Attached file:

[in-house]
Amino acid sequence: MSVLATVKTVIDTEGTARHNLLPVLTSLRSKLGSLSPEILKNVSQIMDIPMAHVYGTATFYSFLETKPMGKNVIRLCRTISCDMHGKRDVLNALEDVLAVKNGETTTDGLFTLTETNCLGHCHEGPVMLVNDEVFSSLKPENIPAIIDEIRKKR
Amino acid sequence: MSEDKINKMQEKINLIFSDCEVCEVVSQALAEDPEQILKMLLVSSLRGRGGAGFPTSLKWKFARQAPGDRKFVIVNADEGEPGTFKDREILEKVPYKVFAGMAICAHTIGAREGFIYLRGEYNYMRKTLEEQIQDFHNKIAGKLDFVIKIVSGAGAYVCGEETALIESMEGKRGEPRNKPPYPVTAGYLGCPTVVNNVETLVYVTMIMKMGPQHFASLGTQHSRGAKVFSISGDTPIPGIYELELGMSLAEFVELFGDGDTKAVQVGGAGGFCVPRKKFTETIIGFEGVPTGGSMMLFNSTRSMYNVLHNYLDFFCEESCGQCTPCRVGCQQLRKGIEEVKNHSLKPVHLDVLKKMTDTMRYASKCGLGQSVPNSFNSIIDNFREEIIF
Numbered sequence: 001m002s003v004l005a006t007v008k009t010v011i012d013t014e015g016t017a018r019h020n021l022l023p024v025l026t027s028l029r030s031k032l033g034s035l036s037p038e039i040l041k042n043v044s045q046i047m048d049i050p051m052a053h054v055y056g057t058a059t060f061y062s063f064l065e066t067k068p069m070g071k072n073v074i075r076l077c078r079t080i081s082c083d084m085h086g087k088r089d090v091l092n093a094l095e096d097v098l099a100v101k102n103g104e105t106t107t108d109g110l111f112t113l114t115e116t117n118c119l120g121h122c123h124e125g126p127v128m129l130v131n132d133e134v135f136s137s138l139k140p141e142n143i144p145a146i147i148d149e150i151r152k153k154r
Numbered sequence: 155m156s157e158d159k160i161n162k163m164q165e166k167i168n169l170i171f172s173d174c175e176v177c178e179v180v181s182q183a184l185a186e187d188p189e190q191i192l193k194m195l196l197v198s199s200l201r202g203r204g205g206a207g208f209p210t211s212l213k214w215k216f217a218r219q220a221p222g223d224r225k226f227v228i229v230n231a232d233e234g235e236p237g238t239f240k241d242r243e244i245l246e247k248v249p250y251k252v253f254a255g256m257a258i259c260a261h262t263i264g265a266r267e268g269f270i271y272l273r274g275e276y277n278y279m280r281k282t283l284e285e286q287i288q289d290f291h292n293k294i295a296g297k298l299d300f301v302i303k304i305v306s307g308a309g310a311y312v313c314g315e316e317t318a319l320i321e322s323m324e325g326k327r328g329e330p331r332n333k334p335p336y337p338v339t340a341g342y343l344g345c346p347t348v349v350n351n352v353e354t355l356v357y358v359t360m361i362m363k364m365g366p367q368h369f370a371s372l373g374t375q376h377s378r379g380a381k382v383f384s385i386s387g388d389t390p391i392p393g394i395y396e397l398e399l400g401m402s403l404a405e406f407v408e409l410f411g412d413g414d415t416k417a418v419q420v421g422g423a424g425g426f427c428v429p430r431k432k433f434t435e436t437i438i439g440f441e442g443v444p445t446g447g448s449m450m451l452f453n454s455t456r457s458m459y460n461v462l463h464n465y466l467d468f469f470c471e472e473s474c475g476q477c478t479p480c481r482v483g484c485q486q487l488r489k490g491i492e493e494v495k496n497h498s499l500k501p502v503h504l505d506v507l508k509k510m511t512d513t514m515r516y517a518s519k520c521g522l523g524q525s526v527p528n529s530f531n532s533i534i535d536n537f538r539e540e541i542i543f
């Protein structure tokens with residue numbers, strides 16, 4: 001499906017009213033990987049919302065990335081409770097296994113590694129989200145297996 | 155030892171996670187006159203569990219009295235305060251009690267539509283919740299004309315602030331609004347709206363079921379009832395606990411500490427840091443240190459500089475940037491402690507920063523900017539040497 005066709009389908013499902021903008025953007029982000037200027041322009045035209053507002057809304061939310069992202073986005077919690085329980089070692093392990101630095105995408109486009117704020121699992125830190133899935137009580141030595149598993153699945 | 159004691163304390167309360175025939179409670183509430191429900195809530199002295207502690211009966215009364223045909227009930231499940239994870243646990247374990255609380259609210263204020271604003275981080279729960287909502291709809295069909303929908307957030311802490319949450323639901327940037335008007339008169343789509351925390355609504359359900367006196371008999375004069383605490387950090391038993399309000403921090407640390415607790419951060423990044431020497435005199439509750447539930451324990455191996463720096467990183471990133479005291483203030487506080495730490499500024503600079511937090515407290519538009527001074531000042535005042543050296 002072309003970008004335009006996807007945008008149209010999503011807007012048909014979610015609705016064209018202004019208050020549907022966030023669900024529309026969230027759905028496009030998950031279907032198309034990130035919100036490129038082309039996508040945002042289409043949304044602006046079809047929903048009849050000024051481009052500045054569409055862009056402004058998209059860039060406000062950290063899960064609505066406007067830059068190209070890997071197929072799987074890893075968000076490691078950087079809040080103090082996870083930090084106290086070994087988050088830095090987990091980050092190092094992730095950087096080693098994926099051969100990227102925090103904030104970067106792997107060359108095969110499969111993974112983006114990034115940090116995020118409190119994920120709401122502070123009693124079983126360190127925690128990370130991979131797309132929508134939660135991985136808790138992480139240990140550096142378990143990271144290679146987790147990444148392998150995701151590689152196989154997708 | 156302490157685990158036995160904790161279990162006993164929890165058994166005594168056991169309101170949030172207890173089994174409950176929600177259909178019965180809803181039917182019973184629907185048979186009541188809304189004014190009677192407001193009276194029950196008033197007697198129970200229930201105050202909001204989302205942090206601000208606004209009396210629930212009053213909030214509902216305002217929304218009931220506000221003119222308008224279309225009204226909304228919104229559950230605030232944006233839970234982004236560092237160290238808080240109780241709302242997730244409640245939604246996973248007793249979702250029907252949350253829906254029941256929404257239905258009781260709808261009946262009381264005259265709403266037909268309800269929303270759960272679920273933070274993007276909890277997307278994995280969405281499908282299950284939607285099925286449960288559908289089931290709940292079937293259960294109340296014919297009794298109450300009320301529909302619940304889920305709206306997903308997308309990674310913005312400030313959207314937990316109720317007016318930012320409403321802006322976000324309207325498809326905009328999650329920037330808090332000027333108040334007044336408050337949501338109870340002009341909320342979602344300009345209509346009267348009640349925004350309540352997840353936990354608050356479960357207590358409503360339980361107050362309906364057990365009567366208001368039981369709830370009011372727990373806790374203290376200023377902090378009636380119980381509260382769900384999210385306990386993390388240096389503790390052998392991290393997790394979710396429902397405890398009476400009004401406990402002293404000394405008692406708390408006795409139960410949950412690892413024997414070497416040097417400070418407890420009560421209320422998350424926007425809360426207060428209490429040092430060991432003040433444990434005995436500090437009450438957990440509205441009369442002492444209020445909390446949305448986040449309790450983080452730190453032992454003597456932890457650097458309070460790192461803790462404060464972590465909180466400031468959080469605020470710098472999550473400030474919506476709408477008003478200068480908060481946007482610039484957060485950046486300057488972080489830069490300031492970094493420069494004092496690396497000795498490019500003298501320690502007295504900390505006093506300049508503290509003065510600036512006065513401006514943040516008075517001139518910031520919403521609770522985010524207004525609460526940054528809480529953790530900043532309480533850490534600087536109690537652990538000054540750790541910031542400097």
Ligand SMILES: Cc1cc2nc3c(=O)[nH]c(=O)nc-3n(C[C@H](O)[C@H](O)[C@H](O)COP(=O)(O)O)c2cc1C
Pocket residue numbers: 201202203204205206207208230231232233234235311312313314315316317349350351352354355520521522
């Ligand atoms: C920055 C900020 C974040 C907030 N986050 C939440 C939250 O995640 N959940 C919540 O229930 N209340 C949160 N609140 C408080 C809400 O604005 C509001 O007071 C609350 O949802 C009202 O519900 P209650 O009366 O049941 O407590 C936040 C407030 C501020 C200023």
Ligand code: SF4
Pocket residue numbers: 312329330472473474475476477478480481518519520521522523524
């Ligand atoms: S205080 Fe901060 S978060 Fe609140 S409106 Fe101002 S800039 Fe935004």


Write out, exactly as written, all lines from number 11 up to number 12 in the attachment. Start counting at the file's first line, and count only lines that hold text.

Pocket residue numbers: 312329330472473474475476477478480481518519520521522523524
């Ligand atoms: S205080 Fe901060 S978060 Fe609140 S409106 Fe101002 S800039 Fe935004």